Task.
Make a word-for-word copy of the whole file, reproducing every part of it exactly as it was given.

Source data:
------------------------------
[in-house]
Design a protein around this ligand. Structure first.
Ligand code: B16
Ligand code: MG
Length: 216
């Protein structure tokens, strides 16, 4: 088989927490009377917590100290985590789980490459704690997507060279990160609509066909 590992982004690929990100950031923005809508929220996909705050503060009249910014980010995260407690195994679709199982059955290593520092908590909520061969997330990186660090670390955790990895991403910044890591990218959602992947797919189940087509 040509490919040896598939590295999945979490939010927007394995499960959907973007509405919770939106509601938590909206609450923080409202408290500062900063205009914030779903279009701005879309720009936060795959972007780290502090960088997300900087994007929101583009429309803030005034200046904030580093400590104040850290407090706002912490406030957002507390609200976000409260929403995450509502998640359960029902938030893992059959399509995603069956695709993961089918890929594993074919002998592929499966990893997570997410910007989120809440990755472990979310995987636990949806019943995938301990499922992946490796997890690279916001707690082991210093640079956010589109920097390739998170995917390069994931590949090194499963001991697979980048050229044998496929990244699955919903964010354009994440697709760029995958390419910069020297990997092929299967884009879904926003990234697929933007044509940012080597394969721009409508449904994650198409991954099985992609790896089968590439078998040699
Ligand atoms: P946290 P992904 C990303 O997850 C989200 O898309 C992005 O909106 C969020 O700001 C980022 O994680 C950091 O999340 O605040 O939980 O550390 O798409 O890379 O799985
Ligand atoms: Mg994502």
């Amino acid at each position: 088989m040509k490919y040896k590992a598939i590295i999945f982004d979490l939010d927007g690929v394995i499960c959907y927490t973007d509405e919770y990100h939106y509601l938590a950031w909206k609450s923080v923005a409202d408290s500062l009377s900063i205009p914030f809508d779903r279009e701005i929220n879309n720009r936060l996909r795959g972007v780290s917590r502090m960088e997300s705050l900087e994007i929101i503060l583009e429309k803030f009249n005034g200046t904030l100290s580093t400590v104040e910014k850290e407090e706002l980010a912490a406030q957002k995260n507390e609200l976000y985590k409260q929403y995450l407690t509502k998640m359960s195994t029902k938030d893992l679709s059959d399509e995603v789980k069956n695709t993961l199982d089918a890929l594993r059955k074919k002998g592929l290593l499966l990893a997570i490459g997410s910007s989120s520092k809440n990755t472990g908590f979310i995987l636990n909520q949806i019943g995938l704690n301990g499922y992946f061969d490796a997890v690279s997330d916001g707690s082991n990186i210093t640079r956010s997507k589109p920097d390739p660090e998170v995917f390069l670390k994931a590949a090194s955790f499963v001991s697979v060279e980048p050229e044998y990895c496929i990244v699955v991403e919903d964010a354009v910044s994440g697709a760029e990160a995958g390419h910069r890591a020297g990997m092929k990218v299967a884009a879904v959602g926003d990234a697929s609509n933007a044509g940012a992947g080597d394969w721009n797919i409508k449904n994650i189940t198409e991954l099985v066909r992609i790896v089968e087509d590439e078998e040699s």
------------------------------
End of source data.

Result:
[in-house]
Design a protein around this ligand. Structure first.
Ligand code: B16
Ligand code: MG
Length: 216
């Protein structure tokens, strides 16, 4: 088989927490009377917590100290985590789980490459704690997507060279990160609509066909 590992982004690929990100950031923005809508929220996909705050503060009249910014980010995260407690195994679709199982059955290593520092908590909520061969997330990186660090670390955790990895991403910044890591990218959602992947797919189940087509 040509490919040896598939590295999945979490939010927007394995499960959907973007509405919770939106509601938590909206609450923080409202408290500062900063205009914030779903279009701005879309720009936060795959972007780290502090960088997300900087994007929101583009429309803030005034200046904030580093400590104040850290407090706002912490406030957002507390609200976000409260929403995450509502998640359960029902938030893992059959399509995603069956695709993961089918890929594993074919002998592929499966990893997570997410910007989120809440990755472990979310995987636990949806019943995938301990499922992946490796997890690279916001707690082991210093640079956010589109920097390739998170995917390069994931590949090194499963001991697979980048050229044998496929990244699955919903964010354009994440697709760029995958390419910069020297990997092929299967884009879904926003990234697929933007044509940012080597394969721009409508449904994650198409991954099985992609790896089968590439078998040699
Ligand atoms: P946290 P992904 C990303 O997850 C989200 O898309 C992005 O909106 C969020 O700001 C980022 O994680 C950091 O999340 O605040 O939980 O550390 O798409 O890379 O799985
Ligand atoms: Mg994502």
């Amino acid at each position: 088989m040509k490919y040896k590992a598939i590295i999945f982004d979490l939010d927007g690929v394995i499960c959907y927490t973007d509405e919770y990100h939106y509601l938590a950031w909206k609450s923080v923005a409202d408290s500062l009377s900063i205009p914030f809508d779903r279009e701005i929220n879309n720009r936060l996909r795959g972007v780290s917590r502090m960088e997300s705050l900087e994007i929101i503060l583009e429309k803030f009249n005034g200046t904030l100290s580093t400590v104040e910014k850290e407090e706002l980010a912490a406030q957002k995260n507390e609200l976000y985590k409260q929403y995450l407690t509502k998640m359960s195994t029902k938030d893992l679709s059959d399509e995603v789980k069956n695709t993961l199982d089918a890929l594993r059955k074919k002998g592929l290593l499966l990893a997570i490459g997410s910007s989120s520092k809440n990755t472990g908590f979310i995987l636990n909520q949806i019943g995938l704690n301990g499922y992946f061969d490796a997890v690279s997330d916001g707690s082991n990186i210093t640079r956010s997507k589109p920097d390739p660090e998170v995917f390069l670390k994931a590949a090194s955790f499963v001991s697979v060279e980048p050229e044998y990895c496929i990244v699955v991403e919903d964010a354009v910044s994440g697709a760029e990160a995958g390419h910069r890591a020297g990997m092929k990218v299967a884009a879904v959602g926003d990234a697929s609509n933007a044509g940012a992947g080597d394969w721009n797919i409508k449904n994650i189940t198409e991954l099985v066909r992609i790896v089968e087509d590439e078998e040699s």